In an effort that has received national attention, journalists at The Ledger today voted 22-3 to be represented by the News Guild-CWA, Communications Workers of America. The Ledger’s newsroom becomes the first in Florida to affiliate with a union.
“I think this is a historic step for journalists in Florida and I’m confident this is a positive step for Ledger employees,” said Gary White, a reporter who helped organize the newsroom union effort.
“The newsroom staff is committed to preserving quality journalism in Polk County, and we welcome our new role in collaborating with the company to ensure the continued success of our news operation,” he said.
Publisher Kevin Drake’s reaction also focused on maintaining quality journalism. “While we are disappointed by the result, we respect our employees’ right to vote in favor of unionization. With that being said, we are committed to continuing to produce the highest quality journalism we can,” he said.
Today’s vote, supervised by representatives of the National Labor Relations Board, is the first step toward the News Guild negotiating a contract on behalf of reporters, photographers and copy editors.
Reporters who led the unionization effort said they were seeking a greater say in decisions affecting the future of the newspaper after going eight years without raises during an era when advertising revenues have declined.
The newspaper has faced several rounds of layoffs in recent years as its ownership shifted from The New York Times Co. to Halifax Media Group in 2012 and then to GateHouse Media in 2015. Newsroom staffing has declined from 99 around 2001 to around 30 today.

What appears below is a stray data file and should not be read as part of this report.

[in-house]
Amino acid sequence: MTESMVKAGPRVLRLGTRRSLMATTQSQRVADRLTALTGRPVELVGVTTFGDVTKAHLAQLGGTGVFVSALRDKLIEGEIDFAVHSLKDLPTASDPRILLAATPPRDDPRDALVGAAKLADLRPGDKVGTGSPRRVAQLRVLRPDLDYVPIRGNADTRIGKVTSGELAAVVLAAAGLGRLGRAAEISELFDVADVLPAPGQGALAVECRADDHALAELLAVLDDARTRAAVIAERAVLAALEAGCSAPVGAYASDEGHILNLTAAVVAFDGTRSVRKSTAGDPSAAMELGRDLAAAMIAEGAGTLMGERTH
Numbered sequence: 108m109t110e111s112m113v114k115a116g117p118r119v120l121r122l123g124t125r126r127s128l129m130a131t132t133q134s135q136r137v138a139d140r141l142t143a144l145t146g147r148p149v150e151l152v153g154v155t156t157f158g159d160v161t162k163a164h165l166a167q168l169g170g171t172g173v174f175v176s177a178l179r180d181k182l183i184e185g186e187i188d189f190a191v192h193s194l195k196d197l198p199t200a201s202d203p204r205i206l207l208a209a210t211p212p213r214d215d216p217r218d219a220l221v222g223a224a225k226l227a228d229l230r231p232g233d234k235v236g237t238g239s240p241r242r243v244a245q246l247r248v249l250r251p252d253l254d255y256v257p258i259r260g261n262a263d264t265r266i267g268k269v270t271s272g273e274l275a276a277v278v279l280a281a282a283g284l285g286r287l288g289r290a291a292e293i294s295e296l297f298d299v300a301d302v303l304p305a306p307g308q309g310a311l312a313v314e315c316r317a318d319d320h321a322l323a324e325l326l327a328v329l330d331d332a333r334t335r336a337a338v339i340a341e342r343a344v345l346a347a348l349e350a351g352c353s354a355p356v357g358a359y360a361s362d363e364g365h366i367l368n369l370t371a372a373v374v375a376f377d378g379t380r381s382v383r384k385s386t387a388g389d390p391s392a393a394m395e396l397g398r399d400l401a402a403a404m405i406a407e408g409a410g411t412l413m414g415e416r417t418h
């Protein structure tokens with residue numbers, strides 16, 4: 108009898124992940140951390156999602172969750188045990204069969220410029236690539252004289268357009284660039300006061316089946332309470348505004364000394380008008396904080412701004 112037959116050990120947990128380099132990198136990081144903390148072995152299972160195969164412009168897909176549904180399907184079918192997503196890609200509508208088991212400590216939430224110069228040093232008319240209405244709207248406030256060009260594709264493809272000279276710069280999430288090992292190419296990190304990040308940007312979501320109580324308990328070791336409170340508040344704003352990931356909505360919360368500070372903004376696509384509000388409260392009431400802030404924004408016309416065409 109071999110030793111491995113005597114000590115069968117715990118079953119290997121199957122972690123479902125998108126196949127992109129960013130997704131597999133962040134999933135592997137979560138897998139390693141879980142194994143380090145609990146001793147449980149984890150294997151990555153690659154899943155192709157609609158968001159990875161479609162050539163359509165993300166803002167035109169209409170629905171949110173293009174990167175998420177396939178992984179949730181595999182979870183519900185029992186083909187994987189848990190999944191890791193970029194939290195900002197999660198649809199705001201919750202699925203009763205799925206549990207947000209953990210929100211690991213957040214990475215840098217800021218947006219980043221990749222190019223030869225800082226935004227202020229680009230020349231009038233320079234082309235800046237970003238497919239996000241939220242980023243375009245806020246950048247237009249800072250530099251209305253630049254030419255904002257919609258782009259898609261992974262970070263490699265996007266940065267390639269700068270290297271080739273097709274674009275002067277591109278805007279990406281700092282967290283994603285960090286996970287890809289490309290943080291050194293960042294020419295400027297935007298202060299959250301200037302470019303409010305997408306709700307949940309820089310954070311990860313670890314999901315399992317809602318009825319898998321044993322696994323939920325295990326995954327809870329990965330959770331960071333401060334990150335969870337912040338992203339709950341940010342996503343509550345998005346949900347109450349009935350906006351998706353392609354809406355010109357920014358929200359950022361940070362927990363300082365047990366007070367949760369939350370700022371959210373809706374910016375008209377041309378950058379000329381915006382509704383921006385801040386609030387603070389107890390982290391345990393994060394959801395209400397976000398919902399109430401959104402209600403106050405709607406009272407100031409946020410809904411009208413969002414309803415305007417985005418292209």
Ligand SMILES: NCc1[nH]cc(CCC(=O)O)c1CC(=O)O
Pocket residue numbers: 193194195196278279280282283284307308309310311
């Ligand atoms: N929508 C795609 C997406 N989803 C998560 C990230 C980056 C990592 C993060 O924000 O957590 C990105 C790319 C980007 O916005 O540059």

“Since GateHouse acquired the paper in January 2015 … at least 21 newsroom employees have been laid off, at least six other unfilled positions have been eliminated, and the paper’s Winter Haven bureau, which produces stories for GateHouse’s News Chief newspaper, has gone from four employees to one,” according to a news release issued when the union vote was announced.
A representative of GateHouse’s corporate office in Pittsford, N.Y., came to Lakeland to urge Ledger staffers to vote against union affiliation.
But White said he and the other organizers would not have moved forward if they didn’t think they had a solid majority who wanted to affiliate. Today’s vote needed a simple majority to pass.
When the union drive was announced last month, it surprised Miami labor attorney and former St. Thomas University law school dean Douglas E. Ray. “Even though the law says a company cannot punish you for union activity, people might be more reluctant,” he told the Columbia Journalism Review. “In declining industries, you have to be more brave to do that.”
GateHouse is owned by New Media Investment Group, which is managed by private equity firm Fortress Investment Group, which also owns Florida East Coast Railroad. GateHouse has gone on an acquisition spree during the last two years, and now owns 125 daily newspapers, the most of any chain.
It is known for seeking efficiency through lean operations and centralizing functions such as page design, web development and copy editing. The Ledger’s pages are produced by an editing center in Austin, Tex.
The Ledger isn’t the first paper to unionize after being acquired by GateHouse. Employees at newspapers in Springfield and Rockford, Ill, voted to affiliate with United Media Guild.
Union officials last month sent a letter to New Media Investment Group CEO Michael Reed expressing frustration with a final offer that extends a wage freeze at one of those papers into its 12th year.
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